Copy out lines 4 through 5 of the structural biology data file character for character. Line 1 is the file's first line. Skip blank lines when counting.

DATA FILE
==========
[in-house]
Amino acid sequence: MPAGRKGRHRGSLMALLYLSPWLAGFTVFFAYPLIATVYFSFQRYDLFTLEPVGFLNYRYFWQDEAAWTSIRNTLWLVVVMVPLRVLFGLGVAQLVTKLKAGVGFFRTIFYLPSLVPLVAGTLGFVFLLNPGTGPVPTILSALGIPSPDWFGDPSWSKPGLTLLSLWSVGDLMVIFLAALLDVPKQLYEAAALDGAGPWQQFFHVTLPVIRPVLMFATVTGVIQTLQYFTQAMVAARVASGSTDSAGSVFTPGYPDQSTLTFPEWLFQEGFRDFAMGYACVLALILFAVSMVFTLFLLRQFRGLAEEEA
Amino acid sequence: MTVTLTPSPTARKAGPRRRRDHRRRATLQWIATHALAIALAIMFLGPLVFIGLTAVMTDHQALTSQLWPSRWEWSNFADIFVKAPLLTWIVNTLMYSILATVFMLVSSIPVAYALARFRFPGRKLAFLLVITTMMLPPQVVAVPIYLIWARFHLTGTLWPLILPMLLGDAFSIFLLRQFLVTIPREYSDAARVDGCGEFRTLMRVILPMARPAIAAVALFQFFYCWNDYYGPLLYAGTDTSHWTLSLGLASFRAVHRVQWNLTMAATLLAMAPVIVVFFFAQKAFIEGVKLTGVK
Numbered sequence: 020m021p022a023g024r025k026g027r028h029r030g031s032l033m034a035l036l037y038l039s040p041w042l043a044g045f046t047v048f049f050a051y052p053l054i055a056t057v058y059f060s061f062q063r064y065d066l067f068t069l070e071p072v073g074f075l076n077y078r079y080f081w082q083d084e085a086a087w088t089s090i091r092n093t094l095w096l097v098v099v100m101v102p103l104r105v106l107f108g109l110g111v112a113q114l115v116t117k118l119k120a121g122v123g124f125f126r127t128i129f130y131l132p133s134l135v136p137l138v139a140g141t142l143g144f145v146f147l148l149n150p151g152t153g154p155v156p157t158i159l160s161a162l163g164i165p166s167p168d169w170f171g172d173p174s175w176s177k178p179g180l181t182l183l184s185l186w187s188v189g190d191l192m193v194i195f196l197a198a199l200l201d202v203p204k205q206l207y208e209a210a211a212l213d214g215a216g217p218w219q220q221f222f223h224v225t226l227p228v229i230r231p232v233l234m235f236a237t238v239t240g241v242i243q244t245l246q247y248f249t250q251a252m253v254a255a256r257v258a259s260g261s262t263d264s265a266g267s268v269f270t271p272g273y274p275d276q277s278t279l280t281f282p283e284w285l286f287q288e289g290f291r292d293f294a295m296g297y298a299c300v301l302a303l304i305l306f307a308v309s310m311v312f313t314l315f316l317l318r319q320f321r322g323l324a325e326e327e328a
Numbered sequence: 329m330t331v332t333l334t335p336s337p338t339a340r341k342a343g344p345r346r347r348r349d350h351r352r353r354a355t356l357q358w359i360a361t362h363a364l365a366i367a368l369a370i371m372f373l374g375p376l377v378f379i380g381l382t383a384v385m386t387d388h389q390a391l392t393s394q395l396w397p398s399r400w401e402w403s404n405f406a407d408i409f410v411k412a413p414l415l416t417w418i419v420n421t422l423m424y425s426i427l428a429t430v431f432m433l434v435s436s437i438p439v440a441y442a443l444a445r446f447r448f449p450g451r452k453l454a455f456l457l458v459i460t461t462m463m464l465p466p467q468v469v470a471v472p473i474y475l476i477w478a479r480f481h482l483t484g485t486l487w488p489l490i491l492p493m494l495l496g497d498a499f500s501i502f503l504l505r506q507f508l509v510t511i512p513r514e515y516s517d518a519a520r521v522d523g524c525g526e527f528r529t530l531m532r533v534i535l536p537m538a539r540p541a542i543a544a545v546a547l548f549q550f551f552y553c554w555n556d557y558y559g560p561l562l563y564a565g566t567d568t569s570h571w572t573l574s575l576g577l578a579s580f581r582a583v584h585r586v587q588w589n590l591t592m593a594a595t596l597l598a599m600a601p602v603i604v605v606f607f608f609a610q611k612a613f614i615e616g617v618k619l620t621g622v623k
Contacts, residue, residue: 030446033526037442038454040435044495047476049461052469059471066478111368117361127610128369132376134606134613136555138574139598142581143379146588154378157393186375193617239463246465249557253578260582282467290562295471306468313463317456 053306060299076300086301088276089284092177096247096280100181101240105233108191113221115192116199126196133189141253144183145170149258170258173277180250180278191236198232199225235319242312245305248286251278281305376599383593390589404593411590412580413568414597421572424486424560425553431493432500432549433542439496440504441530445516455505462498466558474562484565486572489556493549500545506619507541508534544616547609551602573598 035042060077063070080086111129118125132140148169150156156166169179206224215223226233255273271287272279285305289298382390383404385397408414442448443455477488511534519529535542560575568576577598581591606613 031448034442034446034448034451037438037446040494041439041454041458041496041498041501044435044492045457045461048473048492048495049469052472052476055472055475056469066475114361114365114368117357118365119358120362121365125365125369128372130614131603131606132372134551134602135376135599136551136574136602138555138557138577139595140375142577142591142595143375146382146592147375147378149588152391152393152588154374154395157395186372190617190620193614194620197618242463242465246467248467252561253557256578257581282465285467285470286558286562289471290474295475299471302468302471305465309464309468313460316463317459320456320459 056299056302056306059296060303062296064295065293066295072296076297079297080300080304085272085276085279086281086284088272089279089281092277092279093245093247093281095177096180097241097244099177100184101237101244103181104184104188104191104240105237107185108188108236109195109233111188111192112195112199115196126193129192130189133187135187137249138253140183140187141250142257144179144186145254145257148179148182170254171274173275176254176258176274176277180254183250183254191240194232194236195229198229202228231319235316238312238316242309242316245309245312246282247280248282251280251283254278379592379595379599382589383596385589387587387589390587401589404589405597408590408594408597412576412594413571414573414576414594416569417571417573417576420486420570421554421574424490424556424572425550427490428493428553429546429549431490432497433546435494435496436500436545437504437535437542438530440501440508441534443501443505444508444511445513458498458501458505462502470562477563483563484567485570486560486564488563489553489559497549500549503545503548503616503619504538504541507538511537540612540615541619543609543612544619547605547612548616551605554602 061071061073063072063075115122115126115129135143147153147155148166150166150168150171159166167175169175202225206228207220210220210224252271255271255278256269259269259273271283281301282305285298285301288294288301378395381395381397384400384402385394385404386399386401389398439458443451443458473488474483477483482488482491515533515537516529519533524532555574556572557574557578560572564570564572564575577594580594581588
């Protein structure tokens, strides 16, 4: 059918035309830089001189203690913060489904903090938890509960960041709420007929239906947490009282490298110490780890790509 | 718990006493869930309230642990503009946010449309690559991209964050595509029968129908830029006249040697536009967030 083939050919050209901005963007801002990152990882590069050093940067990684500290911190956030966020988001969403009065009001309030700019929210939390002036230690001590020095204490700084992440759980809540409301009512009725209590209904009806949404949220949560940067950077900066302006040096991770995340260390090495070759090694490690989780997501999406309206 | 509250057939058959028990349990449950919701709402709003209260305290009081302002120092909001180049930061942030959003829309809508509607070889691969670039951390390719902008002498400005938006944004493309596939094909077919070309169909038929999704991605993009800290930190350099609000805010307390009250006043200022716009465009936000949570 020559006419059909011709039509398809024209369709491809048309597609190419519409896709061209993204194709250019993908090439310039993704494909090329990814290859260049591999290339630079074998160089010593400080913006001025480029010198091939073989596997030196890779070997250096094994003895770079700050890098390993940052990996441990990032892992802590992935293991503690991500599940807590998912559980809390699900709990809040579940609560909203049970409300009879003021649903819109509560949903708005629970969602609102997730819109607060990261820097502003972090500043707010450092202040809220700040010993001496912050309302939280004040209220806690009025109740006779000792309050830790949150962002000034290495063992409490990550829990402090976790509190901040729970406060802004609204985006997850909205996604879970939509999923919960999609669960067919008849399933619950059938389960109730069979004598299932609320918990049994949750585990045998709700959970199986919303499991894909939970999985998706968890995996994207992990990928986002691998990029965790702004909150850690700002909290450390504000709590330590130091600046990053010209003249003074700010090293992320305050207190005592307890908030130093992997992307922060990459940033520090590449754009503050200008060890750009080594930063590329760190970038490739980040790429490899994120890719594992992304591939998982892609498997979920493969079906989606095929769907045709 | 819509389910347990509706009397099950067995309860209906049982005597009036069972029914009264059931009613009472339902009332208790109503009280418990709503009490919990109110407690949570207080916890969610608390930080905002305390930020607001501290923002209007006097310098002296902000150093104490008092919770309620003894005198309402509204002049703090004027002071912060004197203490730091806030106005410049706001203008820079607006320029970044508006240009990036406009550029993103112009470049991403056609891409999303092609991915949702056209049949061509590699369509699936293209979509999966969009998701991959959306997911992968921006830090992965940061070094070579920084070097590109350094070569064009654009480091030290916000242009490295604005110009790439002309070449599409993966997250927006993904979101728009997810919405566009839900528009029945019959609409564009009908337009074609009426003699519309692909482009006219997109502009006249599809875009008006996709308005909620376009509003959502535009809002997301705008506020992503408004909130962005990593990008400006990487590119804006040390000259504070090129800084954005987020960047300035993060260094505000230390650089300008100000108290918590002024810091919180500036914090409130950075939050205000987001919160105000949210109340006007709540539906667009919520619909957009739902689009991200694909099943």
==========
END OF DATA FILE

Numbered sequence: 020m021p022a023g024r025k026g027r028h029r030g031s032l033m034a035l036l037y038l039s040p041w042l043a044g045f046t047v048f049f050a051y052p053l054i055a056t057v058y059f060s061f062q063r064y065d066l067f068t069l070e071p072v073g074f075l076n077y078r079y080f081w082q083d084e085a086a087w088t089s090i091r092n093t094l095w096l097v098v099v100m101v102p103l104r105v106l107f108g109l110g111v112a113q114l115v116t117k118l119k120a121g122v123g124f125f126r127t128i129f130y131l132p133s134l135v136p137l138v139a140g141t142l143g144f145v146f147l148l149n150p151g152t153g154p155v156p157t158i159l160s161a162l163g164i165p166s167p168d169w170f171g172d173p174s175w176s177k178p179g180l181t182l183l184s185l186w187s188v189g190d191l192m193v194i195f196l197a198a199l200l201d202v203p204k205q206l207y208e209a210a211a212l213d214g215a216g217p218w219q220q221f222f223h224v225t226l227p228v229i230r231p232v233l234m235f236a237t238v239t240g241v242i243q244t245l246q247y248f249t250q251a252m253v254a255a256r257v258a259s260g261s262t263d264s265a266g267s268v269f270t271p272g273y274p275d276q277s278t279l280t281f282p283e284w285l286f287q288e289g290f291r292d293f294a295m296g297y298a299c300v301l302a303l304i305l306f307a308v309s310m311v312f313t314l315f316l317l318r319q320f321r322g323l324a325e326e327e328a
Numbered sequence: 329m330t331v332t333l334t335p336s337p338t339a340r341k342a343g344p345r346r347r348r349d350h351r352r353r354a355t356l357q358w359i360a361t362h363a364l365a366i367a368l369a370i371m372f373l374g375p376l377v378f379i380g381l382t383a384v385m386t387d388h389q390a391l392t393s394q395l396w397p398s399r400w401e402w403s404n405f406a407d408i409f410v411k412a413p414l415l416t417w418i419v420n421t422l423m424y425s426i427l428a429t430v431f432m433l434v435s436s437i438p439v440a441y442a443l444a445r446f447r448f449p450g451r452k453l454a455f456l457l458v459i460t461t462m463m464l465p466p467q468v469v470a471v472p473i474y475l476i477w478a479r480f481h482l483t484g485t486l487w488p489l490i491l492p493m494l495l496g497d498a499f500s501i502f503l504l505r506q507f508l509v510t511i512p513r514e515y516s517d518a519a520r521v522d523g524c525g526e527f528r529t530l531m532r533v534i535l536p537m538a539r540p541a542i543a544a545v546a547l548f549q550f551f552y553c554w555n556d557y558y559g560p561l562l563y564a565g566t567d568t569s570h571w572t573l574s575l576g577l578a579s580f581r582a583v584h585r586v587q588w589n590l591t592m593a594a595t596l597l598a599m600a601p602v603i604v605v606f607f608f609a610q611k612a613f614i615e616g617v618k619l620t621g622v623k